Photography Industry Leaders Ban Together with a Clear Message to Peers and Consumers: PRINT
Statistics From PPA Reveal Amateurs, Pros Taking 14 Trillion Photos Annually, But Not All Are Printing These Memories
It is estimated that professional photographers take approximately 4,160 digital photos a month just for business. And thanks to the enhanced capabilities of cellphone cameras, amateur photographers took approximately another 3,650 photos per year per person in 2017. That means a global population of photographers taking 14 trillion pictures annually.
But according to Professional Photographers of America (PPA) and its partners in the PRINT Movement, like Canon and Kodak Alaris, there is a big problem: consumers (and some professionals) are not printing and saving their photos and therefore, their memories. In fact, PPA discovered that a staggering 53% of consumers have not printed a photo in more than 12 months, 70% do not have photos albums, and 42% no longer print photos at all.
To help highlight the importance of saving images in a non-digital form, PPA has partnered with industry leaders to launch the PRINT Movement, an awareness campaign for consumers to see the value in showcasing and preserving their lives or their families’ lives through high-quality prints, albums, and all types of photographic displays.
In addition to PPA, the movement is supported by American Color Imaging (ACI), Bay Photo, BWC Printmakers, Canon, Canson Infinity, ChromaLuxe, Collages, Finao, Fundy Designer, GW Moulding, H H Colorlab, Hahnemühle, Kodak Alaris, Marathon, Meridian Professional Imaging, Miller’s, Simply Color Lab, Tyndell Photographic Packaging, and White House Custom Colour.
PPA and its partners are providing resources to photographers in a variety of ways. Their website, PRINTmovement.org, features customizable brochures, marketing materials and videos showcasing the value of print. There will also be several workshops and related learning opportunities at Imaging USA 2017, the largest photography convention and trade show in the U.S., held January 5-10, 2017 in San Antonio, Texas. These workshops will be taught by some of the most respected names in professional photography and will detail both printing skills and sales techniques and provide advice to boost the profitability of photography studios while spreading the word about the movement.
How One Photographer is Winning – Selling Only Prints
The simple fact is that technology is changing so fast that many photos taken five or six years ago are stored on devices no longer supported. It is a problem for both amateurs and pros alike. With this in mind, about a year and a half ago, Nashville photographer Krista Lee Newbill of Krista Lee Photography, made a business decision to stop selling digital files and only sell prints.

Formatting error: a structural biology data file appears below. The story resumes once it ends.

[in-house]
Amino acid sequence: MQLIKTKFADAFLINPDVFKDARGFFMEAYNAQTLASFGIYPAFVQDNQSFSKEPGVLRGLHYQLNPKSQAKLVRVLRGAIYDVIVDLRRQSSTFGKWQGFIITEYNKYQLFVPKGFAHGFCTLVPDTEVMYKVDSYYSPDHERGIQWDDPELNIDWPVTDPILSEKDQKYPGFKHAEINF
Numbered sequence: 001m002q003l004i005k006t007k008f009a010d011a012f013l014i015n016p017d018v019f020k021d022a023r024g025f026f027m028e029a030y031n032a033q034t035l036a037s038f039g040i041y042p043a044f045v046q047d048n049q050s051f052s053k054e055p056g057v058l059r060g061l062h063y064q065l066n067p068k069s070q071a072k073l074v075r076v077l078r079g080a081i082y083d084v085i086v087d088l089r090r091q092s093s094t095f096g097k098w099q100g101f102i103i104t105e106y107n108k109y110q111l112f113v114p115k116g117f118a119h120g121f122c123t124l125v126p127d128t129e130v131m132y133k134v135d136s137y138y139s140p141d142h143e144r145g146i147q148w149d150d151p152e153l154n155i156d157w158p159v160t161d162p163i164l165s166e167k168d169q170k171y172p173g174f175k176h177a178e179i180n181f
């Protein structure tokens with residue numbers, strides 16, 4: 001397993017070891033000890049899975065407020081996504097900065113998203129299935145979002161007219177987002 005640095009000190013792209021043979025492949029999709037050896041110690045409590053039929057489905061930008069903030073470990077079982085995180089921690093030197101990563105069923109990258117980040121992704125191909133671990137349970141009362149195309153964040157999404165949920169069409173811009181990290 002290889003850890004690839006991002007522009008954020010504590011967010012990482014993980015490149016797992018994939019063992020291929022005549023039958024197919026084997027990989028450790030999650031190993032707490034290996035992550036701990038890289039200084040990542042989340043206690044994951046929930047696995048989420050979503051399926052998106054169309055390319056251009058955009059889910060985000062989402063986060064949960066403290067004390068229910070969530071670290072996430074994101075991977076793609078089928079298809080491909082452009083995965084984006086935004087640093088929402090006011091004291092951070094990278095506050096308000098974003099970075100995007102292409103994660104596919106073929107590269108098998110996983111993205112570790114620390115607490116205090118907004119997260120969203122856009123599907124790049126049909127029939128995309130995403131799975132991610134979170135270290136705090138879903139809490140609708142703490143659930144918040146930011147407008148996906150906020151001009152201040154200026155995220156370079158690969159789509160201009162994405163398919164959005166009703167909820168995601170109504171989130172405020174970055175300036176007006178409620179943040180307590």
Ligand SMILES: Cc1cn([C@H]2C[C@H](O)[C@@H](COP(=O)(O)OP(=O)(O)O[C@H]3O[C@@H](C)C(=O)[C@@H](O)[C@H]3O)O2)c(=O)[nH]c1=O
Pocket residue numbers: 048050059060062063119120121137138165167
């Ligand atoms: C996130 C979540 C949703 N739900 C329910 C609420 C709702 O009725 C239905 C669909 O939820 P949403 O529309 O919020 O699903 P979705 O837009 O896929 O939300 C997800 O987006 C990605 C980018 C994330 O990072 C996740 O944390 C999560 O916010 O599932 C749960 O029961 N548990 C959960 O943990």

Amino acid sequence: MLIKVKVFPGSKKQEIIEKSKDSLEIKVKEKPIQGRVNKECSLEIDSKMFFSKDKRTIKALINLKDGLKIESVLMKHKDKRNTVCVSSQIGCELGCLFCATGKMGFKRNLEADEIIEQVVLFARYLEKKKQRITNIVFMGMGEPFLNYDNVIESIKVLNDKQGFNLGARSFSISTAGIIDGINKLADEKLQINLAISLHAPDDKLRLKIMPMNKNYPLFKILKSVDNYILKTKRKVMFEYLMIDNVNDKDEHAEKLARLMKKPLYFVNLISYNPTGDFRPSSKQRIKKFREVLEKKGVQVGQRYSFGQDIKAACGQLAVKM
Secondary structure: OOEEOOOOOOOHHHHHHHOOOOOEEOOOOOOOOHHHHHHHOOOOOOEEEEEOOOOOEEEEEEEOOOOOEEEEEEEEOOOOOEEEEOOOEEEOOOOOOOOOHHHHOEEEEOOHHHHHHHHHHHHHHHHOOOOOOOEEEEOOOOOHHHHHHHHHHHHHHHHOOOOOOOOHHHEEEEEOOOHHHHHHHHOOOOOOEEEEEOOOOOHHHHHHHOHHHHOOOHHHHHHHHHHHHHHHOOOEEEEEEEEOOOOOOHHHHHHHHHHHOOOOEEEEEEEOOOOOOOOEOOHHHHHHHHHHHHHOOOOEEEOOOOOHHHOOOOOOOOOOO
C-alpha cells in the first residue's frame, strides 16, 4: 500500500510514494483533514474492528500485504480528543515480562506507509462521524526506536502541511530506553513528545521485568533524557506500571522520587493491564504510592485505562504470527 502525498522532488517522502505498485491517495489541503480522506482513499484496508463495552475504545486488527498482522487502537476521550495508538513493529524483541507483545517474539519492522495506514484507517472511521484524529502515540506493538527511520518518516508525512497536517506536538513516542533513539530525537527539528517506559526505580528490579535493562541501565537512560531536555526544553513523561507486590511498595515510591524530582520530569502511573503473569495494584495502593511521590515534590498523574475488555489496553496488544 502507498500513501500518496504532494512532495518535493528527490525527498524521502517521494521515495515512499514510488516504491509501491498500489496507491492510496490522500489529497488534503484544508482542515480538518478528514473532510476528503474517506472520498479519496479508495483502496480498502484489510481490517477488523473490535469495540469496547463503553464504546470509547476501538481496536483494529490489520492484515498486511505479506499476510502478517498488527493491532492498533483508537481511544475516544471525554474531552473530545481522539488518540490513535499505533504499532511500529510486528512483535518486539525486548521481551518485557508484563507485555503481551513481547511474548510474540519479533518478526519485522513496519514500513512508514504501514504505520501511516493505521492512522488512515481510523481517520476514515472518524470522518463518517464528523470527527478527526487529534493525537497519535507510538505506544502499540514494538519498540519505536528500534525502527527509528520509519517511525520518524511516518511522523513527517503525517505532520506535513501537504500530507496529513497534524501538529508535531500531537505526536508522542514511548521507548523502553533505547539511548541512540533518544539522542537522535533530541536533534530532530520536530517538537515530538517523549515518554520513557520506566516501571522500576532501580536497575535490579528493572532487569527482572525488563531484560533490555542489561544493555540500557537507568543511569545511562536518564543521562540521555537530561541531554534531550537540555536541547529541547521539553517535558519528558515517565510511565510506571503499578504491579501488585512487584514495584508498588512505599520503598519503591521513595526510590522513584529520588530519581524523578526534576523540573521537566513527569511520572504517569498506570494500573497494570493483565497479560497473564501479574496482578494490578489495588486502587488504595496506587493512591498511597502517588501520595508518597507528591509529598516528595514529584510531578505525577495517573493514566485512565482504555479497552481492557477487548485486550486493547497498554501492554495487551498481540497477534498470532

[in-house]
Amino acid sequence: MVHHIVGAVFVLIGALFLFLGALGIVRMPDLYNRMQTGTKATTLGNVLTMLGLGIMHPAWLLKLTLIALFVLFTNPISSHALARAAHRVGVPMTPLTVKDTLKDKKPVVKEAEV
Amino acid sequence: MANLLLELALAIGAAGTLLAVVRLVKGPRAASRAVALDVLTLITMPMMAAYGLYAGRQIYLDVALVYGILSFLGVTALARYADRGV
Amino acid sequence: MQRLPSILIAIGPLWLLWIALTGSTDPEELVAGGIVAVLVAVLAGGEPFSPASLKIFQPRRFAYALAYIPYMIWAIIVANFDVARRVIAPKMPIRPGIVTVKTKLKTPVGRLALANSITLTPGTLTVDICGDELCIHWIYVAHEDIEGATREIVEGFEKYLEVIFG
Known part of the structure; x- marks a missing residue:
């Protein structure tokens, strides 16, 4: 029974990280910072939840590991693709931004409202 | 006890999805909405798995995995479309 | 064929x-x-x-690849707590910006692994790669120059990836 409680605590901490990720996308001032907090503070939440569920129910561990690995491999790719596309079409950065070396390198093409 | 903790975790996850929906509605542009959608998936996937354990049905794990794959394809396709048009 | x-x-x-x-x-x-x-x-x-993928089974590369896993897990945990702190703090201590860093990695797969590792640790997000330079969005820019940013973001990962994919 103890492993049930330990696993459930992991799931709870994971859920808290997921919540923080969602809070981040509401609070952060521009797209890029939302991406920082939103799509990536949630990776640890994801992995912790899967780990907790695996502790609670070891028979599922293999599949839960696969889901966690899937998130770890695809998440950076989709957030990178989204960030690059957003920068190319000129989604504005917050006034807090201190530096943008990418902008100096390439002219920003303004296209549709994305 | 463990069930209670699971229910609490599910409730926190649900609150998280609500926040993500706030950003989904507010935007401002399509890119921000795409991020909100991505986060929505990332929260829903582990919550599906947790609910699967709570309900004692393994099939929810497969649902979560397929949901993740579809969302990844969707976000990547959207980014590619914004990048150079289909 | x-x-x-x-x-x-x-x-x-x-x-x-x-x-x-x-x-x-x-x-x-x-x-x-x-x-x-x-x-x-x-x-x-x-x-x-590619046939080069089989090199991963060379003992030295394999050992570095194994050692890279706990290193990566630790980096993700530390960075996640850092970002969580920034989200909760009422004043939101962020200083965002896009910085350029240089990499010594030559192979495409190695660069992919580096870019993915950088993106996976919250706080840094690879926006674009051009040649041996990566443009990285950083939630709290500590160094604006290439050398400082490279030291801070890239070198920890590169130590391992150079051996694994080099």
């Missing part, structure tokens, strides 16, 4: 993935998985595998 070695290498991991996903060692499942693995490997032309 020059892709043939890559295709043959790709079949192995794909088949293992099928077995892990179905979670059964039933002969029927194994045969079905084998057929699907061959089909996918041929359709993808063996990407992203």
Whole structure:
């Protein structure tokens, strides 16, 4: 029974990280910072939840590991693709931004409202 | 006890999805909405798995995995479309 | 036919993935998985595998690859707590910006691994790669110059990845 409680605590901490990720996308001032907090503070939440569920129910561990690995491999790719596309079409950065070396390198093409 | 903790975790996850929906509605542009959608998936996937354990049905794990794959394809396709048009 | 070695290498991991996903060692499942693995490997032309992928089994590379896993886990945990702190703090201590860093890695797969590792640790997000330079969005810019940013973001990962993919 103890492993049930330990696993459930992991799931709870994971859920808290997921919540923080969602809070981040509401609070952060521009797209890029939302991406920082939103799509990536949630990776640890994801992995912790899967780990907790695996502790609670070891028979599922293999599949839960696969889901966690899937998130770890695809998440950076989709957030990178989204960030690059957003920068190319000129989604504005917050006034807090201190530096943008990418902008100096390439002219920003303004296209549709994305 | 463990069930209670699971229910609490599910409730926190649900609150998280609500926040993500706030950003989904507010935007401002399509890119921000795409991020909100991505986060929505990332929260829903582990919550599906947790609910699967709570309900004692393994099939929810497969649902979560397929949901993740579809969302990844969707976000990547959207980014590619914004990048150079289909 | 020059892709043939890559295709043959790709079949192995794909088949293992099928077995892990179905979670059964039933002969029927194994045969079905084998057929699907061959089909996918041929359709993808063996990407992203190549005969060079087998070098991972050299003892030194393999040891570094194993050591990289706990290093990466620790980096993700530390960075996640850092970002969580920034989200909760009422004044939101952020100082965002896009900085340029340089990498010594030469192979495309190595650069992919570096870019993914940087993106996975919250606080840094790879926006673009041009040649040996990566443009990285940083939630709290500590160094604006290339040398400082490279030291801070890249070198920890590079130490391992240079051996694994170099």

Not only has this bold move helped Newbill rediscover the art of print, it has boosted her bottom line. Her customer base has increased, her per-session sales average is up, and she is seeing increased foot traffic in her storefront with clients clamoring for her artisanal and "hand crafted" images. "It's so easy to get busy and not have time for prints…we can be part of helping more people display their memories," says Newbill, a PPA member since 2008.
Newbill and other photographers' commitment to raise print awareness could not come at a better time. Data gathered by PPA indicates that without a worldwide change in photographic preservation habits, 42% of people (ages 30-44) will likely look back and wonder where photos of their childhood, holiday get-togethers, relatives and friends have gone decades from now because no print exists.
"Unless we change our ways, I think time will prove that we have gambled away our family histories – trusting too much in our ability to protect our memories on our phones, tablets and other devices," said David Trust, PPA's CEO. "It is a failed notion that we will all pay for. On the other hand, this unfortunate reality is giving PPA an opportunity to make a difference by creating a program that will help the public understand the importance of purchasing and creating printed photographs."
Professional Photographers of America (PPA) is the largest international non-profit association created by professional photographers, for professional photographers. Almost as long-lived as photography itself, PPA's roots date back to 1869. Nearly 30,000 photographers belong to PPA as it helps them be more successful through protection, education and resources. See how PPA backs photographers and helps them Be More at PPA.com/BeMore.